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Author: Hellmut Ritter

above p. 455 and the dream of Bayazid's serving maid in Niir 73-741). For He is better than everything which you wish to have. (MT 36/0, p. 120; above p. 15) They seek Him their whole life long and do not forget Him. A pious man is seen in a dream after his death and asked how things went in the grave

In: The Ocean of the Soul
Author: Matthew Ingalls

Overlapping with several key historical junctures and ushering in the tenth Islamic century, Zakariyyā al-Anṣārī’s (d. 926/1520) life traces the dramatic decline of Mamlūk political integrity and concludes in the immediate aftermath of the Ottoman conquest of Egypt. It is Anṣārī’s dual role as a

In: Journal of Sufi Studies

-emasculation ( ista⁠ʾdhanahu fī l-khiṣāʾ ). 12 The above might strengthen the assumption that prior to the third/ninth century the term siyāḥa had been well perceived in Islamic societies as a description of an errant life in which celibacy and sexual abstinence were the basic pillars. However, a strict critical

In: Journal of Sufi Studies
Author: Omar Edaibat

scholars have attested to Ibn ʿArabī’s distinguished juristic training in this regard; 3 these credentials include his distinguished status as a ḥāfiẓ , an honorary title reserved by the masters of Hadith for the one who commits over 100,000 traditions to memory. 4 Be that as it may, while the life and

In: Journal of Sufi Studies
Author: Side Emre

defijine meşreb as one’s innate nature, a way of being and living, an inclination towards a particular manner of speech, conduct, and behavior as well as a tendency to choose a path and stance vis-à-vis life. Each meşreb is comprised of idiosyncratic characteristics and gives the person a subjective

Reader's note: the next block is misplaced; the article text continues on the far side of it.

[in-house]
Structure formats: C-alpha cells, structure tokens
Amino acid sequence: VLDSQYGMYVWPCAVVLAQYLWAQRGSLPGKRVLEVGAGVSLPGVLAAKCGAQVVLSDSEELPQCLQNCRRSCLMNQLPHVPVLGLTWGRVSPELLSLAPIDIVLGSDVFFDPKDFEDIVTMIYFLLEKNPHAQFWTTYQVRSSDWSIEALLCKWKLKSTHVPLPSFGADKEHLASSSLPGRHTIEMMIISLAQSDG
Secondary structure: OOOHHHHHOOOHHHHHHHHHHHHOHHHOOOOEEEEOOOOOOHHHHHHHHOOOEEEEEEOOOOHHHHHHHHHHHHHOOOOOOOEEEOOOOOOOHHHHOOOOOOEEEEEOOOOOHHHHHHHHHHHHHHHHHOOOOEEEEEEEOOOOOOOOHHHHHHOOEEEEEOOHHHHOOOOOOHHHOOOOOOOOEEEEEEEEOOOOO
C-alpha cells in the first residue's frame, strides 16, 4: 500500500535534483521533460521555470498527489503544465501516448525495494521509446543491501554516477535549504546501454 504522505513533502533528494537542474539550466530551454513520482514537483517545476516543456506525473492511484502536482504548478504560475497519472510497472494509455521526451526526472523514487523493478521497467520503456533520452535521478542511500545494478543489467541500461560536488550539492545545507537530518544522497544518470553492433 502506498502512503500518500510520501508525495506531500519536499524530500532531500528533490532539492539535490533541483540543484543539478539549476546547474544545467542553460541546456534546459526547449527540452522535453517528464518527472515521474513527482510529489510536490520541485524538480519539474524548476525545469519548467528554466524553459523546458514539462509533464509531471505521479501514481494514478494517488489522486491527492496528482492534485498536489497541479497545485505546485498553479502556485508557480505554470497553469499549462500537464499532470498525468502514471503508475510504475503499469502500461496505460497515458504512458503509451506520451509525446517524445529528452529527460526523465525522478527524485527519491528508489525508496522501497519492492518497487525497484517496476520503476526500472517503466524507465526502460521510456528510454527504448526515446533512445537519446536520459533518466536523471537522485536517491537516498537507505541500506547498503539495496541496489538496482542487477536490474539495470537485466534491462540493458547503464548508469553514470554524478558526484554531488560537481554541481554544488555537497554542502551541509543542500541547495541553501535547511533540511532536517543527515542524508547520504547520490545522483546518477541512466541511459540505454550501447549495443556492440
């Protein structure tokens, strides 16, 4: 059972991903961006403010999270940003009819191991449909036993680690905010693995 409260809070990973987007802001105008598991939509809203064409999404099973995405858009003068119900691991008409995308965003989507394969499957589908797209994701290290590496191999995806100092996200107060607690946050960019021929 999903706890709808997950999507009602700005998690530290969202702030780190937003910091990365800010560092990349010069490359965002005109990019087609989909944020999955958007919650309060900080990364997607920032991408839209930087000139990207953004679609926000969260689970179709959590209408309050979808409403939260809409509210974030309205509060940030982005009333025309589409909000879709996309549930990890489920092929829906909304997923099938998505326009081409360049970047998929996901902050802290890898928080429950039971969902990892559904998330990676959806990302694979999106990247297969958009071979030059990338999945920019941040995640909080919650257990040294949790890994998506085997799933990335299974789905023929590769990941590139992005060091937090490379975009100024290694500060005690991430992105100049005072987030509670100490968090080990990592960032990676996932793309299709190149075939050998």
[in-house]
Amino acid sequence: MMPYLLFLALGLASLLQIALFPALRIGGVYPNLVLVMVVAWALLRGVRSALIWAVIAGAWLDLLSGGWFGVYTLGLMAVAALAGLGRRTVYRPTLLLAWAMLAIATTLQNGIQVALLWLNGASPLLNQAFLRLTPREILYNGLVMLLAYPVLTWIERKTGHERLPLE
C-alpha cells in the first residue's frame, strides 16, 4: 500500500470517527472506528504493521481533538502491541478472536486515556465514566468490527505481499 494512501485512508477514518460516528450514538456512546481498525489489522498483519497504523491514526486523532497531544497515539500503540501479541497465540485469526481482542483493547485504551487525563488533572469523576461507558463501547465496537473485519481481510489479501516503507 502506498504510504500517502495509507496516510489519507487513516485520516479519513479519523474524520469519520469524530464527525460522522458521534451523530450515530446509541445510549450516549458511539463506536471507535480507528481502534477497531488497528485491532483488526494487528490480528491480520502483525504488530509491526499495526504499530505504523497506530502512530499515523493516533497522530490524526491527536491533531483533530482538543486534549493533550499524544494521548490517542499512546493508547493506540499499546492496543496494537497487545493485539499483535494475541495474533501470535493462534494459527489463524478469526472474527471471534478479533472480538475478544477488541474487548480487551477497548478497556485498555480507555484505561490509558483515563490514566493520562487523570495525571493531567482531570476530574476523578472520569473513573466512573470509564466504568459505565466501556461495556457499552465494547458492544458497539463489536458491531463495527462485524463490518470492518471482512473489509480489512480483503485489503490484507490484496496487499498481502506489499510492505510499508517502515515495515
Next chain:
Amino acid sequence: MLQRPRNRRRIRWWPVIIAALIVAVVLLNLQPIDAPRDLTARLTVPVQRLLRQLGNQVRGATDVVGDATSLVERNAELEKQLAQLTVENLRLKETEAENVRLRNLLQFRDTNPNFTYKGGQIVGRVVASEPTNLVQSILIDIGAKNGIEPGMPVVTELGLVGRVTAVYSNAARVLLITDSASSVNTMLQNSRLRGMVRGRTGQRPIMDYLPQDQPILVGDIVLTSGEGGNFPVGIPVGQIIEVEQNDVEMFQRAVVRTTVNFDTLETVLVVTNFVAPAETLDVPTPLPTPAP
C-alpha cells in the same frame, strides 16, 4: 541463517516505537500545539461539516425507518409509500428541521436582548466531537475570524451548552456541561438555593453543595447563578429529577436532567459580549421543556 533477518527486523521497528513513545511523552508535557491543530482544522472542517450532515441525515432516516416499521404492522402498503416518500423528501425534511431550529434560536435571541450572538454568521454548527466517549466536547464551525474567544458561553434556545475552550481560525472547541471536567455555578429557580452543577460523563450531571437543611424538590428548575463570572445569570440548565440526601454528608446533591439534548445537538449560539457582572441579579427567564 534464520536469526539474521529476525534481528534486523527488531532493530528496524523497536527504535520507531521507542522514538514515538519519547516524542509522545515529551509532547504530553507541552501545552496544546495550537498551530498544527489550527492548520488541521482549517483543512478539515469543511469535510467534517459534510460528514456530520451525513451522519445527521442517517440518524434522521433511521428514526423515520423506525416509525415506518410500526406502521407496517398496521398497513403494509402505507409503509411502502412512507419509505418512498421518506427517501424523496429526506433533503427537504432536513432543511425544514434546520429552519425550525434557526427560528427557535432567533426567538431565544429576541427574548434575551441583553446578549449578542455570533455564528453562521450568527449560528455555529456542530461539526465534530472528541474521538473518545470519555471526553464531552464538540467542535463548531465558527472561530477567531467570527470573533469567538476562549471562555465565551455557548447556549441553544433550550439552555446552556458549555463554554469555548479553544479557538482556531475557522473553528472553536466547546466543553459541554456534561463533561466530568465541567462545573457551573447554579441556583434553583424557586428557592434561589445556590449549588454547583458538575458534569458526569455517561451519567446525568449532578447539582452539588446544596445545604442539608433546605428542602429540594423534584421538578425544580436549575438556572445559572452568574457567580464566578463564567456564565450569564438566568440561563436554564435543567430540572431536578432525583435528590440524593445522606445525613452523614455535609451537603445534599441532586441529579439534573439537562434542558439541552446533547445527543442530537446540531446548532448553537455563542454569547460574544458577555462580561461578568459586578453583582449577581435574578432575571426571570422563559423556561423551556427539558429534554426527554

In: Journal of Sufi Studies

of logical satisfaction necessary to continue living piously in a world full of seemingly contradictory appearances. Indeed, the circumstances of Qayṣarī’s life, his relationship with Kāshānī, his minimal public profile and his advanced age at the time of his first writings make any other motives

In: Journal of Sufi Studies
Author: George Warner

influenced by al-Barqī (perhaps more than any other single figure), 32 but unlike al-Barqī, we have a great deal of evidence to place al-Ṣadūq in conversation with the adab literature of his day. Living as he did well into the Buwayhid period, al-Ṣadūq saw arise a flourishing court literary culture in the

In: Reason, Esotericism, and Authority in Shiʿi Islam
Author: Edmund Hayes

alliances on the basis of a common doctrine of succession, an alliance between mismatched interpretive communities may generate friction based on their incompatible methodologies for deriving meaning. On the other hand, alliances may provide the basis for a politically-motivated harmonization or obfuscation

In: Reason, Esotericism, and Authority in Shiʿi Islam
Author: Teren Sevea

miraculously healing the ill in Surat (Gujarat) and reviving the city’s socioeconomic life after it had been ravaged by a Mughal navy blockade, drought, and cholera, and then helping believers in Dutch Batavia, a port city plagued by Islamophobia, colonial oppression, poverty, and the lack of medical

In: Journal of Sufi Studies
Author: Mohammed Rustom

died. A local mufti ( muftī-yi waqt )—you know who he is—said, “Just as you caused the one who is living to die, so too cause the dead one to live.” I said, “Who is dead?” He replied, “Maḥmūd, the jurist.” I said, “O God! Bring Maḥmūd the jurist back to life!” Immediately, he came back to life. 45

In: Journal of Sufi Studies